6. Deep Eddy Pool

Entry Fee: $3 for residents | $8 for non-residents
Reservations: None needed

Deep Eddy Pool is the oldest swimming pool in Texas and is a man-made swimming hole. The pool gets its water from the Colorado River and you can feel free to bring a floatie to lounge on. The pool is surrounded by grassy areas and trees where you can lay out in the sun or shade. There is no food or pets allowed here so make sure to dine before you come and leave your furry friend at home. 

People walking the Barton Creek Greenbelt

7. Twin Falls in Barton Creek Greenbelt

Entry Fee: Free
Reservations: None needed

Twin Falls is located In the Barton Creek Greenbelt and can be accessed from several points. The best access point is from the Loop 360 entrance. In the greenbelt, you’ll also find Sculpture Falls, Campbell’s Hole, and Gus Fruh, three more swimming holes to cool off in. During certain times of the year and dependent on rainfall, the greenbelt may have little flowing water and the waterfalls may be dry.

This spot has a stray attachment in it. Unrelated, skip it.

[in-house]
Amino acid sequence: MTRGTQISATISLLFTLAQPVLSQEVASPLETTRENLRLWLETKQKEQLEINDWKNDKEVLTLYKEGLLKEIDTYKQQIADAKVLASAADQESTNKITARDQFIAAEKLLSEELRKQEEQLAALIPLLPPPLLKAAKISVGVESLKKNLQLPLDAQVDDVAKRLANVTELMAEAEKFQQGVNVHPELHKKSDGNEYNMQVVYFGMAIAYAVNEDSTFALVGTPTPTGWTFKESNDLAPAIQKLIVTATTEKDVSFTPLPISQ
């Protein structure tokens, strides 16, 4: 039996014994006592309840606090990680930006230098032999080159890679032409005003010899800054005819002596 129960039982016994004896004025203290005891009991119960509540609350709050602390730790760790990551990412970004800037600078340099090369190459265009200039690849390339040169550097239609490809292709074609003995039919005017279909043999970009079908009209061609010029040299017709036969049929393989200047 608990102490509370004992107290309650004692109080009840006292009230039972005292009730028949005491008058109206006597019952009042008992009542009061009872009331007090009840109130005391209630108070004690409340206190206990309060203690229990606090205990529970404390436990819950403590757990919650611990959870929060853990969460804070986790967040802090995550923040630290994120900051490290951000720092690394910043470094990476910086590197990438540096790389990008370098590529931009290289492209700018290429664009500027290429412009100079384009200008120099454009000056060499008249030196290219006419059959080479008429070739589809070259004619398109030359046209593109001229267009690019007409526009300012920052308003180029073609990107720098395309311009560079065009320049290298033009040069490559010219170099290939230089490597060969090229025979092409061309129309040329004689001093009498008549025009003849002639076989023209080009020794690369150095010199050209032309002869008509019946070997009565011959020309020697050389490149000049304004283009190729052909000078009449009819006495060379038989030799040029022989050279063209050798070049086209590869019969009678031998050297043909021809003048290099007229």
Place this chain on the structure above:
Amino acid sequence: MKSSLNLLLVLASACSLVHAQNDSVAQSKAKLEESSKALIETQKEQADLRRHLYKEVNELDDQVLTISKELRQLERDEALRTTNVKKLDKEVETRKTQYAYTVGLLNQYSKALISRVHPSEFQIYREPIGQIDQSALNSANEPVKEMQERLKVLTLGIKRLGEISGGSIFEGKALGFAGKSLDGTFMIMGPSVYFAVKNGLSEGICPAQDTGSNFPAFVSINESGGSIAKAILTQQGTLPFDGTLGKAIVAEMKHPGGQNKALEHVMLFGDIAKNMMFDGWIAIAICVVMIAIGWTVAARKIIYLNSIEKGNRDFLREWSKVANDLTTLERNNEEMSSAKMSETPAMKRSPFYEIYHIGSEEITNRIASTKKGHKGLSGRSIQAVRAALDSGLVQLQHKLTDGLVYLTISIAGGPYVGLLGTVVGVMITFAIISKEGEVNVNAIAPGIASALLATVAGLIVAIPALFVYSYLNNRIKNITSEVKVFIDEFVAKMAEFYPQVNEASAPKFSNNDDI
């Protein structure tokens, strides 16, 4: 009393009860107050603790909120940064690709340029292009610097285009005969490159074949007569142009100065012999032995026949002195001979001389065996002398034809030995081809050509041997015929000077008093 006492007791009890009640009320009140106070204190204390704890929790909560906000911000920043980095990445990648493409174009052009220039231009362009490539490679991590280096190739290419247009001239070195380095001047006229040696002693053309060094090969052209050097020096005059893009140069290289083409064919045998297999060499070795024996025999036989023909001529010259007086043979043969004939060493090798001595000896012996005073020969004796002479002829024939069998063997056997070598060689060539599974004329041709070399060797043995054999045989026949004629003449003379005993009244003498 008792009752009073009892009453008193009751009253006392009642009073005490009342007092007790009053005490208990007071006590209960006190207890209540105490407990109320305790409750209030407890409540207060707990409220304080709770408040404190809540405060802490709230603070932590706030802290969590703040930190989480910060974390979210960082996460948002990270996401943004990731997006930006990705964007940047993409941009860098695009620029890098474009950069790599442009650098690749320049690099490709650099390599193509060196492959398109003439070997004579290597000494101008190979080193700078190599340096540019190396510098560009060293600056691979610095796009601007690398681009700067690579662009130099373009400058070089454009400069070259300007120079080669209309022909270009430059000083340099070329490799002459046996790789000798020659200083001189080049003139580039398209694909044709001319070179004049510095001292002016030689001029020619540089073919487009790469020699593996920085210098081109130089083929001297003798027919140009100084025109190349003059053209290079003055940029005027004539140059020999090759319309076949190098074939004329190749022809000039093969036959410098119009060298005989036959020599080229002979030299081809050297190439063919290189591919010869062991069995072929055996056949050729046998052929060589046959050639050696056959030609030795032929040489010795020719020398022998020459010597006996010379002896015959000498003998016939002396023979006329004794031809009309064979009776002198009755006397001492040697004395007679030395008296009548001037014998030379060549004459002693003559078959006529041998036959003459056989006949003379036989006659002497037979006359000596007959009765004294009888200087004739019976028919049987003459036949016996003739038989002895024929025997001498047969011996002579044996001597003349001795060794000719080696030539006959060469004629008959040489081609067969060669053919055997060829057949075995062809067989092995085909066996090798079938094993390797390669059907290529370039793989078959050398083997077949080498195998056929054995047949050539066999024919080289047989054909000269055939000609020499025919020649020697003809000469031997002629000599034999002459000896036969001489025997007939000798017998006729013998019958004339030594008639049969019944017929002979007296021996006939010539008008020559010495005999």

8. McKinney Falls State Park

Entry Fee: $6 for adults, children under 13 are free

McKinney Falls State Park is just 13 miles from downtown Austin. At this state park, you’ll find dozens of outdoor activities from biking and geocaching to hiking and swimming. Here, you can swim in the mellow waters of Upper Falls or the faster flows at Lower Falls. There are several places where swimmers can cliff jump — just be sure to ask for the best locations and scout for rocks below the water’s surface before making the plunge.

best swimming holes in austin: aerial view of Lake Travis

9. Pace Bend Park on Lake Travis

Entry Fee: $5 per person | free for children 12 and under
Reservations: Not required, but recommend for improved camping sites

It’s not exactly a swimming hole — rather it’s a large lake — but Lake Travis is still one of the best spots in Austin to go for a dip. Pace Bend Park features incredible camping sites on slightly elevated cliffs that look out over Lake Travis. There is both primitive and improved camping and several areas to access the lakefront for swimming and water activities. 

10. Georgetown’s Blue Hole

Entry Fee: None
Reservations: None needed